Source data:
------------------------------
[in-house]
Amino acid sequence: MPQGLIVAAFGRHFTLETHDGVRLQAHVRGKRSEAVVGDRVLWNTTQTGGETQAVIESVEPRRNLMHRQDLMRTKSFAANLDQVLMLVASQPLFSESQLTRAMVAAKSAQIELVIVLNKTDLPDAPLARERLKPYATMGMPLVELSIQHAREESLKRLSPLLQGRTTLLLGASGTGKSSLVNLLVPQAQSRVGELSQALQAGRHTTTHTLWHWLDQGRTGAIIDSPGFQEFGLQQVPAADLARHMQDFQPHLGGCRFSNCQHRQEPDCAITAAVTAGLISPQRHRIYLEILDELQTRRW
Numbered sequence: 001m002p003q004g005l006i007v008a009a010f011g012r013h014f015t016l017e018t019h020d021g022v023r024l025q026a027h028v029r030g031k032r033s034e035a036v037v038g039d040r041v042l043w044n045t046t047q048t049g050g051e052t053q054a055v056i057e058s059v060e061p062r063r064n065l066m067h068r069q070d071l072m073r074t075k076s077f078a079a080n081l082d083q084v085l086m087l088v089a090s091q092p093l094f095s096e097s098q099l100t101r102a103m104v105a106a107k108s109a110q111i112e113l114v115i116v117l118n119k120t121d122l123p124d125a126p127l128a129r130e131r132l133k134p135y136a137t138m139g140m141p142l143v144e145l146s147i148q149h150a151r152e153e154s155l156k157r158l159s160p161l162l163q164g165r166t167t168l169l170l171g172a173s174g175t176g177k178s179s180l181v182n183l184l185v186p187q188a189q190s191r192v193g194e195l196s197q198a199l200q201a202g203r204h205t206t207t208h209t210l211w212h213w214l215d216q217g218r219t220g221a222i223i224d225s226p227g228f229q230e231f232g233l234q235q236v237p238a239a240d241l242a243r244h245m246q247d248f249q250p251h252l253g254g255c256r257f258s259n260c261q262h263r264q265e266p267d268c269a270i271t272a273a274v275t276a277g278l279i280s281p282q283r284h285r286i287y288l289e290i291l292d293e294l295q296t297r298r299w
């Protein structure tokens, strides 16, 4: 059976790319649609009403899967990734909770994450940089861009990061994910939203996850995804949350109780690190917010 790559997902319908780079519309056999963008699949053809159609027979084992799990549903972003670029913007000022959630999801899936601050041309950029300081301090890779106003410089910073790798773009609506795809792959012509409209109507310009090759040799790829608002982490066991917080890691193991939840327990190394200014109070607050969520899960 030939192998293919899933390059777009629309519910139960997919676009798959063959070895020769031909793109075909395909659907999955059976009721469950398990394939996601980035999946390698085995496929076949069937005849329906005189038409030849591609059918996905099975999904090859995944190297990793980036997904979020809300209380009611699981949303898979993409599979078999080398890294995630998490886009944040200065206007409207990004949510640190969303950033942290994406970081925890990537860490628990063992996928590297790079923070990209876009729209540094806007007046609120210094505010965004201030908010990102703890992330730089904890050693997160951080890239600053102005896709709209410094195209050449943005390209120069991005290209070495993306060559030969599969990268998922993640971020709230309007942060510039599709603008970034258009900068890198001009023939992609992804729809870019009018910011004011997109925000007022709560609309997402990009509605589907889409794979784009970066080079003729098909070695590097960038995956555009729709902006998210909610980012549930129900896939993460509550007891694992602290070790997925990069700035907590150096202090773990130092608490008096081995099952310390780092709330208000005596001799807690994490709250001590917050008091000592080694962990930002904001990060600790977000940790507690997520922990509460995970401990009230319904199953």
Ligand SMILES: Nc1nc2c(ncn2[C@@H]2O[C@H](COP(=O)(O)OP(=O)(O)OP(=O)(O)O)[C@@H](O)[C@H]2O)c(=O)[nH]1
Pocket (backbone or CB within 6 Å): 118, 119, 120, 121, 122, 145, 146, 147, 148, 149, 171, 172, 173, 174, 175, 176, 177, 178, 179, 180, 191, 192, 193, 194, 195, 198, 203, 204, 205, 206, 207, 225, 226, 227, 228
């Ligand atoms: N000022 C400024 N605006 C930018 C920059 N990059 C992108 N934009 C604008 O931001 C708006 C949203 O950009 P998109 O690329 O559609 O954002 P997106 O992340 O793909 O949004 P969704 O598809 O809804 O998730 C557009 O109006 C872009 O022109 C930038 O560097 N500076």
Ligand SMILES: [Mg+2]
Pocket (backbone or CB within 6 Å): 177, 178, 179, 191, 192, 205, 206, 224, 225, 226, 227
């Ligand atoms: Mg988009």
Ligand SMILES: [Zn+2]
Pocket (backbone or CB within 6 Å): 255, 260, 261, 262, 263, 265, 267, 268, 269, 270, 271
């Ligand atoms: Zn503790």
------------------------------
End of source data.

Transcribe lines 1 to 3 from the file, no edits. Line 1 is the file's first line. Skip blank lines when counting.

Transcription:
[in-house]
Amino acid sequence: MPQGLIVAAFGRHFTLETHDGVRLQAHVRGKRSEAVVGDRVLWNTTQTGGETQAVIESVEPRRNLMHRQDLMRTKSFAANLDQVLMLVASQPLFSESQLTRAMVAAKSAQIELVIVLNKTDLPDAPLARERLKPYATMGMPLVELSIQHAREESLKRLSPLLQGRTTLLLGASGTGKSSLVNLLVPQAQSRVGELSQALQAGRHTTTHTLWHWLDQGRTGAIIDSPGFQEFGLQQVPAADLARHMQDFQPHLGGCRFSNCQHRQEPDCAITAAVTAGLISPQRHRIYLEILDELQTRRW
Numbered sequence: 001m002p003q004g005l006i007v008a009a010f011g012r013h014f015t016l017e018t019h020d021g022v023r024l025q026a027h028v029r030g031k032r033s034e035a036v037v038g039d040r041v042l043w044n045t046t047q048t049g050g051e052t053q054a055v056i057e058s059v060e061p062r063r064n065l066m067h068r069q070d071l072m073r074t075k076s077f078a079a080n081l082d083q084v085l086m087l088v089a090s091q092p093l094f095s096e097s098q099l100t101r102a103m104v105a106a107k108s109a110q111i112e113l114v115i116v117l118n119k120t121d122l123p124d125a126p127l128a129r130e131r132l133k134p135y136a137t138m139g140m141p142l143v144e145l146s147i148q149h150a151r152e153e154s155l156k157r158l159s160p161l162l163q164g165r166t167t168l169l170l171g172a173s174g175t176g177k178s179s180l181v182n183l184l185v186p187q188a189q190s191r192v193g194e195l196s197q198a199l200q201a202g203r204h205t206t207t208h209t210l211w212h213w214l215d216q217g218r219t220g221a222i223i224d225s226p227g228f229q230e231f232g233l234q235q236v237p238a239a240d241l242a243r244h245m246q247d248f249q250p251h252l253g254g255c256r257f258s259n260c261q262h263r264q265e266p267d268c269a270i271t272a273a274v275t276a277g278l279i280s281p282q283r284h285r286i287y288l289e290i291l292d293e294l295q296t297r298r299w